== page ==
Can you tell us a little about sento history? Sentos were very common in the Edo period. People went there to wash themselves on a daily basis because they didn’t have places to do that at home. During the Showa period, the sento changed little by little into the sento we now know. Fifty years ago, you could find more than 2000 sentos in Tokyo, but now there are only a little more than 500. In the whole of Japan, there are only around 2600 sentos. Some sentos are like a time capsule – they have antique posters and objects from long ago.
Travel is off-limits at the moment, but that doesn't mean you can't stash these handy tips in your back pocket for when the time is right.

What’s the best place to go vintage shopping? I love antique things and would recommend the Nishi-Ogikubo area for ceramics, furniture and other little things. It’s a really fun place with many coffee shops. For vintage clothing, try the Jiyugaoka neighbourhood. It’s great for vintage clothing and independent fashion shops, and has lots of cafes, too.

Where would you take a friend on a day off? I would bring my friends to Shibamata. It’s a nice place to have a walk, get coffee and see a nice temple. I’d also bring them to the Kiyosumi Shirakawa area where my favourite garden in Tokyo is – Kiyosumi Teien – as well as the lovely Yamamoto-tei, a traditional Japanese house.

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What are the best museums to check out? The National Museum of Modern Art, Tokyo, and Fukagawa Edo museum are must-sees.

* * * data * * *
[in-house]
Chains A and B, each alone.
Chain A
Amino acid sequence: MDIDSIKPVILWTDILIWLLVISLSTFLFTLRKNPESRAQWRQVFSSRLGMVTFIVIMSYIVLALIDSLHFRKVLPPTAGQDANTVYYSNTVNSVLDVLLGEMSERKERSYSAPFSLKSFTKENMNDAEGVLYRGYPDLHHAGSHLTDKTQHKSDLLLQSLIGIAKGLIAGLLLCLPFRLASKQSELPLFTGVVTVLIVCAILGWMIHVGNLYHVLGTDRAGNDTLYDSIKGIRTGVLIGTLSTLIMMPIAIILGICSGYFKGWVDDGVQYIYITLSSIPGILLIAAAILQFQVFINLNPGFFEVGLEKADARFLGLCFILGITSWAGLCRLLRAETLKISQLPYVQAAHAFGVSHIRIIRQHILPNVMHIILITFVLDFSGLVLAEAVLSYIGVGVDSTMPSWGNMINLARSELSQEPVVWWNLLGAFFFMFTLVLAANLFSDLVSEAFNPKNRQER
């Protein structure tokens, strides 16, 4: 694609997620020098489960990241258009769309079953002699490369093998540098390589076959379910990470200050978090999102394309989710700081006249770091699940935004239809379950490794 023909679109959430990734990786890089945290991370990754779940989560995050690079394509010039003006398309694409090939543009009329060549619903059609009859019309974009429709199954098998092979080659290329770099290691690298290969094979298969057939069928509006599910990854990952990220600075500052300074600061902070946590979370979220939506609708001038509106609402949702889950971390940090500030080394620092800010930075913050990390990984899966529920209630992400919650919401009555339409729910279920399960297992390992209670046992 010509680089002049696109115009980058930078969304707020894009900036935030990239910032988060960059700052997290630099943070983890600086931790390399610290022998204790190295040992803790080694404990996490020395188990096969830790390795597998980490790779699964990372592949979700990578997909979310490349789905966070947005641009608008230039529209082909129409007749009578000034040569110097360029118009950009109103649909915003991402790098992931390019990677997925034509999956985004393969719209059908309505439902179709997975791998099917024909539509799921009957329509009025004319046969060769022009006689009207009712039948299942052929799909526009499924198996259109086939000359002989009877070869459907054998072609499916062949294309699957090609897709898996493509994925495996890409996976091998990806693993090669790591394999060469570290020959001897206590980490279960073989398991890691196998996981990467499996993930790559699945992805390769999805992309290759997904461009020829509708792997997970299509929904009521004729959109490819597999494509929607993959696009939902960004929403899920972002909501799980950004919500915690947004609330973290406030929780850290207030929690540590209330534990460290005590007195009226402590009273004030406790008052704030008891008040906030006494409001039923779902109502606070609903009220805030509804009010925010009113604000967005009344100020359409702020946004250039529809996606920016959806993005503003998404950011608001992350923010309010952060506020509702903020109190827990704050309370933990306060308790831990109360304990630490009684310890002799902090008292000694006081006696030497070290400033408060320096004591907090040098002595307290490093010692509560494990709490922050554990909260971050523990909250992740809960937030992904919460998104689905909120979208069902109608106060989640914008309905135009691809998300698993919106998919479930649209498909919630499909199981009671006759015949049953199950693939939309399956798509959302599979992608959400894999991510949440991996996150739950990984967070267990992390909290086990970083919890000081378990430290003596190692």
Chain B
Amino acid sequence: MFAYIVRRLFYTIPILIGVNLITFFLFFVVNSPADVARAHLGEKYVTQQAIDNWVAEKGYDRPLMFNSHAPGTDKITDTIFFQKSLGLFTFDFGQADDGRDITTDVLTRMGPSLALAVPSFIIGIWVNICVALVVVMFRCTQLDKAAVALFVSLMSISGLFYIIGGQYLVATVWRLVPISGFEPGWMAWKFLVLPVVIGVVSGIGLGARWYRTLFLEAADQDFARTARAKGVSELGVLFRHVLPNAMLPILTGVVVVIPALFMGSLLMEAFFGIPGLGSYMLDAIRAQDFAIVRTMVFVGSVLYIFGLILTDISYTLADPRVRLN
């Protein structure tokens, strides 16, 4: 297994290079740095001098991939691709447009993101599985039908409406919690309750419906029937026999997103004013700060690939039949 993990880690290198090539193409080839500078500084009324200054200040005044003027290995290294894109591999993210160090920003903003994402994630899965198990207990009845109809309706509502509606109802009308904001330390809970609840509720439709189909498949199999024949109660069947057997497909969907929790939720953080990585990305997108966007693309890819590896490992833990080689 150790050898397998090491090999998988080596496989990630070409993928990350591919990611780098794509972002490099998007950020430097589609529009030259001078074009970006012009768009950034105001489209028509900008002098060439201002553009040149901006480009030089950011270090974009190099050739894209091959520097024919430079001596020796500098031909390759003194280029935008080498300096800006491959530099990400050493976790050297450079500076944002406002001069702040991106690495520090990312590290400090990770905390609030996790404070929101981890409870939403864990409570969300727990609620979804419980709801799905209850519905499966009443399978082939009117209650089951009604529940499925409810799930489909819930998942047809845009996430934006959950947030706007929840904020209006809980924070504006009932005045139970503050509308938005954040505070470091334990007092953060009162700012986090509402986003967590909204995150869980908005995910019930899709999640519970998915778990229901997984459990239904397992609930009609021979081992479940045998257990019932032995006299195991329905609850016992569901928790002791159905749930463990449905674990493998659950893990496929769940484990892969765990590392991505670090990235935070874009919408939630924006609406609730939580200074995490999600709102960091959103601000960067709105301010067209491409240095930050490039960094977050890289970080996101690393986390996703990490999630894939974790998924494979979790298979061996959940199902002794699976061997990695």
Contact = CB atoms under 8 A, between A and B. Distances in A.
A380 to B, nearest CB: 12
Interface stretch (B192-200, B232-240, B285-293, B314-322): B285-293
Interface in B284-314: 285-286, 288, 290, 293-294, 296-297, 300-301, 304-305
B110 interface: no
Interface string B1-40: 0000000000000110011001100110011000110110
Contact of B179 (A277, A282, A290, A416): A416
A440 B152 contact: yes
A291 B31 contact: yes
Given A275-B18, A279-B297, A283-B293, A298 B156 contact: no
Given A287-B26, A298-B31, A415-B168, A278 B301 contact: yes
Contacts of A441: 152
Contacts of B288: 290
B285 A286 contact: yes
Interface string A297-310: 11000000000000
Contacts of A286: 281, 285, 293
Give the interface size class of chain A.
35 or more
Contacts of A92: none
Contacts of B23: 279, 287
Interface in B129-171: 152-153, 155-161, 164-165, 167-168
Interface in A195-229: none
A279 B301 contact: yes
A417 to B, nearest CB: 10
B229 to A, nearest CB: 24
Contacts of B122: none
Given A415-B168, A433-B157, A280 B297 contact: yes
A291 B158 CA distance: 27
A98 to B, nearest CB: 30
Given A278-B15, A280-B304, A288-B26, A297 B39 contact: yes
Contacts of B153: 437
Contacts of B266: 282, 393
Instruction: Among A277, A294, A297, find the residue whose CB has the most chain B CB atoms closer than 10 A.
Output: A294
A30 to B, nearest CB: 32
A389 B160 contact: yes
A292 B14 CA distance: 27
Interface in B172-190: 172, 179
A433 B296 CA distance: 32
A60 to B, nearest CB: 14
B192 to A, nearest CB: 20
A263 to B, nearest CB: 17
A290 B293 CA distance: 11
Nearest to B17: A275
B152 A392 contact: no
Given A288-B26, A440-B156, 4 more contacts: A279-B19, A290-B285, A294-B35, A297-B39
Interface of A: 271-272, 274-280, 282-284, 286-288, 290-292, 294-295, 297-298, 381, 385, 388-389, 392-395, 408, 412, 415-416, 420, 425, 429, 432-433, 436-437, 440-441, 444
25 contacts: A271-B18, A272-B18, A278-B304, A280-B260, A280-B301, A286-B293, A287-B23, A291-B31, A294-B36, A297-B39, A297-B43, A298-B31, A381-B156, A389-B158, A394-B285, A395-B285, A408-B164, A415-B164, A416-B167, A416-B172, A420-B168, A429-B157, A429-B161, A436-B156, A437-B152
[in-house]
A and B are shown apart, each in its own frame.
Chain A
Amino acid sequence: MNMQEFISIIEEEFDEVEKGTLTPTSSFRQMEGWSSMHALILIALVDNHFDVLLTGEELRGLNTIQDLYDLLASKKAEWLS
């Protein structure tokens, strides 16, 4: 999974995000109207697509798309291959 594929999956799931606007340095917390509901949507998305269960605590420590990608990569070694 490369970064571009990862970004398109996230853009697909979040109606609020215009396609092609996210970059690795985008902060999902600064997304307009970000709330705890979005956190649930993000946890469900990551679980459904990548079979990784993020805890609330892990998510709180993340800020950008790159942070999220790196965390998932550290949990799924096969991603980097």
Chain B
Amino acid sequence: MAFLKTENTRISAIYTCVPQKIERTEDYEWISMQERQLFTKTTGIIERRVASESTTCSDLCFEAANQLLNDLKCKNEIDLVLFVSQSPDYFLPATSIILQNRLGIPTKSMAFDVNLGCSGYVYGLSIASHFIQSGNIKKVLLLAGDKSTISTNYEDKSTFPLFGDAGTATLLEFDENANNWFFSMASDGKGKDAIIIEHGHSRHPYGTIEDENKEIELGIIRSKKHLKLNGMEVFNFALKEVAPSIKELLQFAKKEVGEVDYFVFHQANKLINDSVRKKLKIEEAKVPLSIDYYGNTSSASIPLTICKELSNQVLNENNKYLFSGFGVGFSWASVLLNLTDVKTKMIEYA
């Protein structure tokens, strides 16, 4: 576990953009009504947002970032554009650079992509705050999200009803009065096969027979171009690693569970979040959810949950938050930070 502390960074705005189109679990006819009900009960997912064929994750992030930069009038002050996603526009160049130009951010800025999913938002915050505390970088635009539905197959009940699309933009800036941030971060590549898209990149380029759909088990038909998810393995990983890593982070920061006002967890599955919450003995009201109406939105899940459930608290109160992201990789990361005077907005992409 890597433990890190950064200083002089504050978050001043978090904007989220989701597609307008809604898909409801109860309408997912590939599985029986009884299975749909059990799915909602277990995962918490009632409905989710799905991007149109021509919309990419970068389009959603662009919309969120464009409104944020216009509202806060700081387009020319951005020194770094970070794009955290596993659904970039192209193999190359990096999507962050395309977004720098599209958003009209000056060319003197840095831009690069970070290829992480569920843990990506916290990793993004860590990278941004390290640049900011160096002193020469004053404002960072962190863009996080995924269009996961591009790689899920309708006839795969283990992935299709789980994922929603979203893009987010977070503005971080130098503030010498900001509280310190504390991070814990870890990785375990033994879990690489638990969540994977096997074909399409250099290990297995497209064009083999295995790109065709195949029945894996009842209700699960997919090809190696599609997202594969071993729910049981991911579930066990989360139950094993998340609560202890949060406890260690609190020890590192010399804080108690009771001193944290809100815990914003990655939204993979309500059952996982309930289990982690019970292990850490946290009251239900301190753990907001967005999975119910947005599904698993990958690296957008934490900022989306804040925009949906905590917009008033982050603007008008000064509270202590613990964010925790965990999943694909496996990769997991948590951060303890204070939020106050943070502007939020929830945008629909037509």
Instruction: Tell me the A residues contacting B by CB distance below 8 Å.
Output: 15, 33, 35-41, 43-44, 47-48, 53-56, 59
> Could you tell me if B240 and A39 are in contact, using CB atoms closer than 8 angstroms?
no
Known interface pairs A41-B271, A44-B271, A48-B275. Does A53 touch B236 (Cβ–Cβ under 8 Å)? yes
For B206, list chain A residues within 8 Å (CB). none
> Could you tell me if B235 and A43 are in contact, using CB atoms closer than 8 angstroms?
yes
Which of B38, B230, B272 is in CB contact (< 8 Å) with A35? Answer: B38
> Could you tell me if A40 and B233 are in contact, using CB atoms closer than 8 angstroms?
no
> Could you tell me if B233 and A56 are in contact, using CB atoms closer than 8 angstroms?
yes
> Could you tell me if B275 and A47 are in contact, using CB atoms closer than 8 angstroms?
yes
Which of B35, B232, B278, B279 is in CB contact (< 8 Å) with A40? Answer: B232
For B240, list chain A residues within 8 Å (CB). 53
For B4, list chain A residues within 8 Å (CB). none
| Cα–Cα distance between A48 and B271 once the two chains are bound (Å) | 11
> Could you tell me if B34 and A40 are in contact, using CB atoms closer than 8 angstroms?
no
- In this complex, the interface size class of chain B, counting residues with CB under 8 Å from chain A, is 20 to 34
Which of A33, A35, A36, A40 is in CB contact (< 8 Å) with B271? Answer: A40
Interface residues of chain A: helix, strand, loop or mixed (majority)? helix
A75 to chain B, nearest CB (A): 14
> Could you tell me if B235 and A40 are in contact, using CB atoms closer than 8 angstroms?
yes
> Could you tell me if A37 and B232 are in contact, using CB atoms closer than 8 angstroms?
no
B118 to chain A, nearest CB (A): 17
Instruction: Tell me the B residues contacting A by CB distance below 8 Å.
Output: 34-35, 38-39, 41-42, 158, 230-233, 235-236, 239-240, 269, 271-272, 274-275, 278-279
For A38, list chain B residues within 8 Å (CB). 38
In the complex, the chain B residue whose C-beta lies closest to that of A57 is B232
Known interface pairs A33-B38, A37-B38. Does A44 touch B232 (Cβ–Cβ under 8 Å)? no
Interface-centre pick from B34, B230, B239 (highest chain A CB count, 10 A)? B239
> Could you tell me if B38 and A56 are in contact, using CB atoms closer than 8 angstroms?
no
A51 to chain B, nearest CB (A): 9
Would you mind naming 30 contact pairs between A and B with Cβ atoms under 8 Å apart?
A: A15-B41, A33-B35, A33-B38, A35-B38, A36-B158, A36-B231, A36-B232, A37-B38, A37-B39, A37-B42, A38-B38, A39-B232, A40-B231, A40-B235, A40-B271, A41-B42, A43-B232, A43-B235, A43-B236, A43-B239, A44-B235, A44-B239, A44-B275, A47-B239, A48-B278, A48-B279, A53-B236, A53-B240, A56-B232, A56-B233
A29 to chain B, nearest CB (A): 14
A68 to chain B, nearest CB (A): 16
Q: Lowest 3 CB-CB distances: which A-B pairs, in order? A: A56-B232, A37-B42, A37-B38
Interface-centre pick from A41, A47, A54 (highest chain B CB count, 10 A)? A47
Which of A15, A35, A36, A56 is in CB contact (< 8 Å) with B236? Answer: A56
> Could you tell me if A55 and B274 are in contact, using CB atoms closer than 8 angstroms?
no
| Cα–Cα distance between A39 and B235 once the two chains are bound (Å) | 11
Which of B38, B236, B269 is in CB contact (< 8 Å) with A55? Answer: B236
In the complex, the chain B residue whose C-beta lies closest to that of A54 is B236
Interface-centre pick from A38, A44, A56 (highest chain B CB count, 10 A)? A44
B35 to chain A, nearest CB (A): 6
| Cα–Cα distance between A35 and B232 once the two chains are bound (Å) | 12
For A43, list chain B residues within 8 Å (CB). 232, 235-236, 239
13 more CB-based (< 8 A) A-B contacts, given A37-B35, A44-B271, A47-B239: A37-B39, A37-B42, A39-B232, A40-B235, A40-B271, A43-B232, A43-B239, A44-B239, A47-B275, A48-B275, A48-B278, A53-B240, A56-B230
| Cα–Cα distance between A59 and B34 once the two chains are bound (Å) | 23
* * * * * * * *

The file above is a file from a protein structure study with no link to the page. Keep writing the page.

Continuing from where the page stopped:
What are your favourite festivals? Some no Komochi each year in Nakai, Tokyo, where colourful cloth is hung over the river. Minami Ikebukuro park is beautiful during cherry blossom season, too.

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What are some of your favourite cafes? Re:gendo in Suginami, Meu Nota (also in Suginami) and 珈琲木の実 in Nishioiwa. I have an Instagram story with many cafe highlights if you're curious.  

Any other tips? Tokyo is a nice place to wander around. If it’s your first time, you can go to Shibuya, Shinjuku and Asakusa, but don’t spend too much time there. Go to small areas – those big areas are only 20 per cent of the city. People think Tokyo is super-busy and all skyscrapers, but I live in a quiet part of Shinjuku where the buildings are only four stories tall. From my window, you only see green. I much prefer this local side of Tokyo.

For a bigger list of bathhouses, stop by Stephanie's website Dokomo Sento.

This article was made with the help of our buds from Tokyo Tourism. It's a tricky time for many cities, but Tokyoites are working together to practice social distancing measures and are being hyper-vigilant to prevent the spread of infection. For English-language information on COVID-19 in Tokyo, head here.